Microsoft designed the Windows Experience Index as a basic benchmark to provide Windows users with a quick way to determine their system's performance level.
Components such as the PC's processor, RAM or video adapter are tested and scored individually when you run the benchmark, and while it certainly lacks in many regards, it provides you with a quick way of getting a rough overview of your PC's capabilities.
Originally introduced in Windows Vista, Microsoft removed the Windows Experience Index in Windows 8.1. While it is still possible to run the benchmark and display the scores using the operating system's command line and Powershell tool, its graphical user interface is no longer available.
To compute the score using the PowerShell, do the following:
The scores are not displayed to you here. What you need to do next is to run PowerShell to display them in the interface.
Note: Scores are updated regularly to reflect the progress made by new hardware generations. Basically, the higher the score the better. I would not put too much thought into the base score though, as it does not reflect the overall performance of the system, but only the lowest score of the benchmark.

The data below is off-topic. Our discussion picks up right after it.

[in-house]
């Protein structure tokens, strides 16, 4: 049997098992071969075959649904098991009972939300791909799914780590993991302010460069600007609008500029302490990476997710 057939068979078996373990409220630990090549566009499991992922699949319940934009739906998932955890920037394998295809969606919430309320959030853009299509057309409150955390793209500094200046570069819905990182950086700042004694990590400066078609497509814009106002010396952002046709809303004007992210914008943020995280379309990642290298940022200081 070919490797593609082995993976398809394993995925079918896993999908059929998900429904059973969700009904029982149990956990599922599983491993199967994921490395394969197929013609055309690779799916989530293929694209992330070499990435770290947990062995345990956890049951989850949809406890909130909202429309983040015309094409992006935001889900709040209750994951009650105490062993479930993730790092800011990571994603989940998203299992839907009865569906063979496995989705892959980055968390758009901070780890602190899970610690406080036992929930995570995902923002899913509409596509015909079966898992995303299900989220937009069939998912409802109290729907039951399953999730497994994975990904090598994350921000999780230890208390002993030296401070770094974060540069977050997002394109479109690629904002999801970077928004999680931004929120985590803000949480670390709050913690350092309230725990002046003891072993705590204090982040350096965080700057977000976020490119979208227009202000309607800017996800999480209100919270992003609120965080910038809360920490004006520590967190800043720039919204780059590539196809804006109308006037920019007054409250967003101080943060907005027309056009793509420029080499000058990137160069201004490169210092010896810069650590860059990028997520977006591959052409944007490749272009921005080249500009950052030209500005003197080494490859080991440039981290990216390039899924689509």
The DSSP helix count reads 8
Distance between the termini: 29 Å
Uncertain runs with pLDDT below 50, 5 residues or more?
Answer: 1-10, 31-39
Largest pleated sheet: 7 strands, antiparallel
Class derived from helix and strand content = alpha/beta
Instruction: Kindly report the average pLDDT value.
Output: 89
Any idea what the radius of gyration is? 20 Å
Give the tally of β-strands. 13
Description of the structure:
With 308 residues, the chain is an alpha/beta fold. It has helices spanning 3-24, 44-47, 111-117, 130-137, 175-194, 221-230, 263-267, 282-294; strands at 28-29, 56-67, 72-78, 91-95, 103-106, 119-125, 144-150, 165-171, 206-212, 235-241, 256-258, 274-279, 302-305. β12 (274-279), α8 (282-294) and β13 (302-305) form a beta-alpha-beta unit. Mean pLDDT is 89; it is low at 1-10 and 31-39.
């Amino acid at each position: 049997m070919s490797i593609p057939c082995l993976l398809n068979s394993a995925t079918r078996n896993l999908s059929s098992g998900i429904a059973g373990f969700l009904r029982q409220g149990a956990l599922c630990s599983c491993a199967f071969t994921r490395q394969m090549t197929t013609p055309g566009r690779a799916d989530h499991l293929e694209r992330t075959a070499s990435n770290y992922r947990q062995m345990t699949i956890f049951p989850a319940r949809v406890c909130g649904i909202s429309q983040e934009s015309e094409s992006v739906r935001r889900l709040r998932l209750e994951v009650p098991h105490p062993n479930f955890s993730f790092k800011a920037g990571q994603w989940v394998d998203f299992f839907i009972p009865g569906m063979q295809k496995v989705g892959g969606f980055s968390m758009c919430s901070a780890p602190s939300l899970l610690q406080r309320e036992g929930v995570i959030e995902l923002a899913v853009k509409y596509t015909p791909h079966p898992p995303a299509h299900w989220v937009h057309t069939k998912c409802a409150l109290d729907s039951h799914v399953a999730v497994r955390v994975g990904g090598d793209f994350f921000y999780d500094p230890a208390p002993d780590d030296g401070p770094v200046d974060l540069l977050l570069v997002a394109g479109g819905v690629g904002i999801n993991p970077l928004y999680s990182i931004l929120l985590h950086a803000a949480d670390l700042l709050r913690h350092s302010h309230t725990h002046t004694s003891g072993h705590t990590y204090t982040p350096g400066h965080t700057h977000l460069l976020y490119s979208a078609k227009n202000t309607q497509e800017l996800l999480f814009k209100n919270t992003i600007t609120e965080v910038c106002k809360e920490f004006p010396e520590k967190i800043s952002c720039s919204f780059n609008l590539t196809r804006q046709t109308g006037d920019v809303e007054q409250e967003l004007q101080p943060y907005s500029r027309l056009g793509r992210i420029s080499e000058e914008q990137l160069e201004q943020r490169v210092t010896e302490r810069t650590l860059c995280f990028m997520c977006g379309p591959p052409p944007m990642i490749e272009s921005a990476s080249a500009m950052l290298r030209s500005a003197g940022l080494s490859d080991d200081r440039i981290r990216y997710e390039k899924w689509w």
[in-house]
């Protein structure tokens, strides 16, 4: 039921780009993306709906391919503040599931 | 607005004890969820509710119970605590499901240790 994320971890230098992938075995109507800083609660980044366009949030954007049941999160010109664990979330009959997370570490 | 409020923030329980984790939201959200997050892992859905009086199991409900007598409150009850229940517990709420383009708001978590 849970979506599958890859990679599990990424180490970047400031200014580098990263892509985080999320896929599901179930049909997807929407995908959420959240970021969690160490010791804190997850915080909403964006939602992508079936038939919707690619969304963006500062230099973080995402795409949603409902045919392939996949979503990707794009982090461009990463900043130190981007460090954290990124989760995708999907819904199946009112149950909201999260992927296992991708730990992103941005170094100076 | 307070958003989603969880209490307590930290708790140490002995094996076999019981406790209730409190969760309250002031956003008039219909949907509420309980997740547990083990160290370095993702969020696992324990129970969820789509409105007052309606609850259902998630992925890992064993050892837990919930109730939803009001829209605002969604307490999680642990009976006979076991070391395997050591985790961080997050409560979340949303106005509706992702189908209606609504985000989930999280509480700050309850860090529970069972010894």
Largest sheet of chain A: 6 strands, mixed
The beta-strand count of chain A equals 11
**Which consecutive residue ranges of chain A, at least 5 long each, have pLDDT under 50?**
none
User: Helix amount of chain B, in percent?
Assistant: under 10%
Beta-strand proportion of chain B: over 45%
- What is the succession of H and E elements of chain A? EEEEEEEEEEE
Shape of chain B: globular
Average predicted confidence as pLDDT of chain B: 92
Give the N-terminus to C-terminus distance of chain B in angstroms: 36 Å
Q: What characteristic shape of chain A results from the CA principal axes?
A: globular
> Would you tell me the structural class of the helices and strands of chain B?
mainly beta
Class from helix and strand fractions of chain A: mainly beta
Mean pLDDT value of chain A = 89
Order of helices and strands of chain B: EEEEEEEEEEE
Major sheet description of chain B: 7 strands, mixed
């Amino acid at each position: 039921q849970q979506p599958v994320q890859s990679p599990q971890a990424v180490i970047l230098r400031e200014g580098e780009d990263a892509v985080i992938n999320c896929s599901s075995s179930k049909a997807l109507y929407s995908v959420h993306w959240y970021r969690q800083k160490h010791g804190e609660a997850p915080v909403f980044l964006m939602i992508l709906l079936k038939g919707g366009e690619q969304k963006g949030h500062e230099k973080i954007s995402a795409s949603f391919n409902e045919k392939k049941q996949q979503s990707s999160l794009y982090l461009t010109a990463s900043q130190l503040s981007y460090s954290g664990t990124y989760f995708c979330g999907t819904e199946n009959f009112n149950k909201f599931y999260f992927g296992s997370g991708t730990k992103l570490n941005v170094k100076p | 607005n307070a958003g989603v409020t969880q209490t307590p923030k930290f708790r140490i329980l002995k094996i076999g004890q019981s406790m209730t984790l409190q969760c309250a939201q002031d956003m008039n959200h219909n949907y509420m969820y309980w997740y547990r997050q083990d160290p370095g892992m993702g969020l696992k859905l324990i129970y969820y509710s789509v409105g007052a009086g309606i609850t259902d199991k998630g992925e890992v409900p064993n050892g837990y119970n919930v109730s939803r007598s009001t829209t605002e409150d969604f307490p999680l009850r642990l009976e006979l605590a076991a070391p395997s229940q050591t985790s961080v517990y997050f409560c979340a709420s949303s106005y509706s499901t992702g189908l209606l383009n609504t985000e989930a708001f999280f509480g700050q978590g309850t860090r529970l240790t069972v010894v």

Back when Windows Vista was released, the maximum score was 5.9 indicating a top of the market PC for the Vista time frame. Nowadays, it is possible to get scores of and higher.
Win Experience Index is a free program for Windows 8, Windows 7 and Windows Vista that you can use to compute the WEI score in a graphical user interface.
All you need to do is run the program after you have downloaded and started it. It will display the last assessment if you have run the program before or used the method mentioned above.
Click on the run button to run the benchmark for the first time or anew. This will take a moment before the scores are displayed to you.
The main advantage of the program is that you can use it without having to use the command line or PowerShell. This can be useful to run the benchmark, but also to look up the current scores again.
There are several options to improve your score. You should make sure that you run the benchmark while the system is idle, as it may otherwise impact the score.
One option to get a better score is to overclock certain components if possible. It is what experienced users may do, and while it may boost the performance, it may also have negative impacts like heat generation, a shorter lifespan of the component or even stability issues.
Far better but also more expensive is to replace components. If you notice that your PC's primary hard drive is scoring low, you may want to consider getting a faster drive, a Solid State Drive for example, to boost the score.
The same is true for video performance, RAM or the processor. (via Deskmodder)
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